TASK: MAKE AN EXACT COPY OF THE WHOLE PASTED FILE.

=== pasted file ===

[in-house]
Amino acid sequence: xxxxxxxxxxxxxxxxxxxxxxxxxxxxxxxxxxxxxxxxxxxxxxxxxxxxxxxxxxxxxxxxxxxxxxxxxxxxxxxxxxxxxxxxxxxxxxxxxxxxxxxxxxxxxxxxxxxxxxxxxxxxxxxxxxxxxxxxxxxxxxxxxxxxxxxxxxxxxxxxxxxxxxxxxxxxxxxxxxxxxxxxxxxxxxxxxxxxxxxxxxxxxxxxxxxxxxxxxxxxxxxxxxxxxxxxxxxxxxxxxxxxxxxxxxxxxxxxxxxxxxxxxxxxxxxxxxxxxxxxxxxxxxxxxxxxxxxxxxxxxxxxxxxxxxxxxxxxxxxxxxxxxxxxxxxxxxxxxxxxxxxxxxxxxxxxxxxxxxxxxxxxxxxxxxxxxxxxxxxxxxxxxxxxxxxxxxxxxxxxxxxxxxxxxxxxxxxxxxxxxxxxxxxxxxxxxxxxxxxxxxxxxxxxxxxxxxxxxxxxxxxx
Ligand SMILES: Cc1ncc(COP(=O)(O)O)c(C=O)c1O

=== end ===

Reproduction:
[in-house]
Amino acid sequence: xxxxxxxxxxxxxxxxxxxxxxxxxxxxxxxxxxxxxxxxxxxxxxxxxxxxxxxxxxxxxxxxxxxxxxxxxxxxxxxxxxxxxxxxxxxxxxxxxxxxxxxxxxxxxxxxxxxxxxxxxxxxxxxxxxxxxxxxxxxxxxxxxxxxxxxxxxxxxxxxxxxxxxxxxxxxxxxxxxxxxxxxxxxxxxxxxxxxxxxxxxxxxxxxxxxxxxxxxxxxxxxxxxxxxxxxxxxxxxxxxxxxxxxxxxxxxxxxxxxxxxxxxxxxxxxxxxxxxxxxxxxxxxxxxxxxxxxxxxxxxxxxxxxxxxxxxxxxxxxxxxxxxxxxxxxxxxxxxxxxxxxxxxxxxxxxxxxxxxxxxxxxxxxxxxxxxxxxxxxxxxxxxxxxxxxxxxxxxxxxxxxxxxxxxxxxxxxxxxxxxxxxxxxxxxxxxxxxxxxxxxxxxxxxxxxxxxxxxxxxxxxx
Ligand SMILES: Cc1ncc(COP(=O)(O)O)c(C=O)c1O